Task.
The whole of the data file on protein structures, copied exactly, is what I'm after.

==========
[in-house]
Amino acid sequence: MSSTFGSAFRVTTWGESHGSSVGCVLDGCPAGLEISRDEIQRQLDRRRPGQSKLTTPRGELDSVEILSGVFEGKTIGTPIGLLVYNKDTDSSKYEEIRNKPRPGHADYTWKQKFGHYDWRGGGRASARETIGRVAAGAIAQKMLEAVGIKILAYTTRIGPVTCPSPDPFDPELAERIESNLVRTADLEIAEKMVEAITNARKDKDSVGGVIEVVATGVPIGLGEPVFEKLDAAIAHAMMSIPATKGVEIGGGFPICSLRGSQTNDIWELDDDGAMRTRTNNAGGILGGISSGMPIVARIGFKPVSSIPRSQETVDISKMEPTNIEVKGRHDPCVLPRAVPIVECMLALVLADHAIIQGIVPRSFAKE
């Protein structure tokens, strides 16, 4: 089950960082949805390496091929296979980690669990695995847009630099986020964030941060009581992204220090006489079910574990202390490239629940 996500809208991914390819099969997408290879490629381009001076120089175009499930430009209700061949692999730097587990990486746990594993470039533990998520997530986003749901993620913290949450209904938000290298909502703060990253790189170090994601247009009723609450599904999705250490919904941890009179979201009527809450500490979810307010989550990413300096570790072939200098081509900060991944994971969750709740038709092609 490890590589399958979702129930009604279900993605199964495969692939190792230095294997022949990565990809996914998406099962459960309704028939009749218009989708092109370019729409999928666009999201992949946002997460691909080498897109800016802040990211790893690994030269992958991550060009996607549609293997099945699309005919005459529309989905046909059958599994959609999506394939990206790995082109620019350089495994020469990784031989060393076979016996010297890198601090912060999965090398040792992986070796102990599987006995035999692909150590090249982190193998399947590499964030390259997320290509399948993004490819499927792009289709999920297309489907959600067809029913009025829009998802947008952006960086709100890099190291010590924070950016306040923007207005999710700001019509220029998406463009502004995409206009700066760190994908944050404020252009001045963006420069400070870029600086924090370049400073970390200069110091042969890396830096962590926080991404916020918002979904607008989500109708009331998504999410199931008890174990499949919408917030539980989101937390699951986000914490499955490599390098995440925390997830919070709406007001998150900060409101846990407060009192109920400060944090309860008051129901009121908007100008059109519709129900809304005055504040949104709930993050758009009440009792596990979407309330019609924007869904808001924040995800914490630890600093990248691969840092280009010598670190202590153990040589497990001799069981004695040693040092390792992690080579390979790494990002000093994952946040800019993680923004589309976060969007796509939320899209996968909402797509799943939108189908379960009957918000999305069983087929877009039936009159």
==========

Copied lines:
[in-house]
Amino acid sequence: MSSTFGSAFRVTTWGESHGSSVGCVLDGCPAGLEISRDEIQRQLDRRRPGQSKLTTPRGELDSVEILSGVFEGKTIGTPIGLLVYNKDTDSSKYEEIRNKPRPGHADYTWKQKFGHYDWRGGGRASARETIGRVAAGAIAQKMLEAVGIKILAYTTRIGPVTCPSPDPFDPELAERIESNLVRTADLEIAEKMVEAITNARKDKDSVGGVIEVVATGVPIGLGEPVFEKLDAAIAHAMMSIPATKGVEIGGGFPICSLRGSQTNDIWELDDDGAMRTRTNNAGGILGGISSGMPIVARIGFKPVSSIPRSQETVDISKMEPTNIEVKGRHDPCVLPRAVPIVECMLALVLADHAIIQGIVPRSFAKE
């Protein structure tokens, strides 16, 4: 089950960082949805390496091929296979980690669990695995847009630099986020964030941060009581992204220090006489079910574990202390490239629940 996500809208991914390819099969997408290879490629381009001076120089175009499930430009209700061949692999730097587990990486746990594993470039533990998520997530986003749901993620913290949450209904938000290298909502703060990253790189170090994601247009009723609450599904999705250490919904941890009179979201009527809450500490979810307010989550990413300096570790072939200098081509900060991944994971969750709740038709092609 490890590589399958979702129930009604279900993605199964495969692939190792230095294997022949990565990809996914998406099962459960309704028939009749218009989708092109370019729409999928666009999201992949946002997460691909080498897109800016802040990211790893690994030269992958991550060009996607549609293997099945699309005919005459529309989905046909059958599994959609999506394939990206790995082109620019350089495994020469990784031989060393076979016996010297890198601090912060999965090398040792992986070796102990599987006995035999692909150590090249982190193998399947590499964030390259997320290509399948993004490819499927792009289709999920297309489907959600067809029913009025829009998802947008952006960086709100890099190291010590924070950016306040923007207005999710700001019509220029998406463009502004995409206009700066760190994908944050404020252009001045963006420069400070870029600086924090370049400073970390200069110091042969890396830096962590926080991404916020918002979904607008989500109708009331998504999410199931008890174990499949919408917030539980989101937390699951986000914490499955490599390098995440925390997830919070709406007001998150900060409101846990407060009192109920400060944090309860008051129901009121908007100008059109519709129900809304005055504040949104709930993050758009009440009792596990979407309330019609924007869904808001924040995800914490630890600093990248691969840092280009010598670190202590153990040589497990001799069981004695040693040092390792992690080579390979790494990002000093994952946040800019993680923004589309976060969007796509939320899209996968909402797509799943939108189908379960009957918000999305069983087929877009039936009159």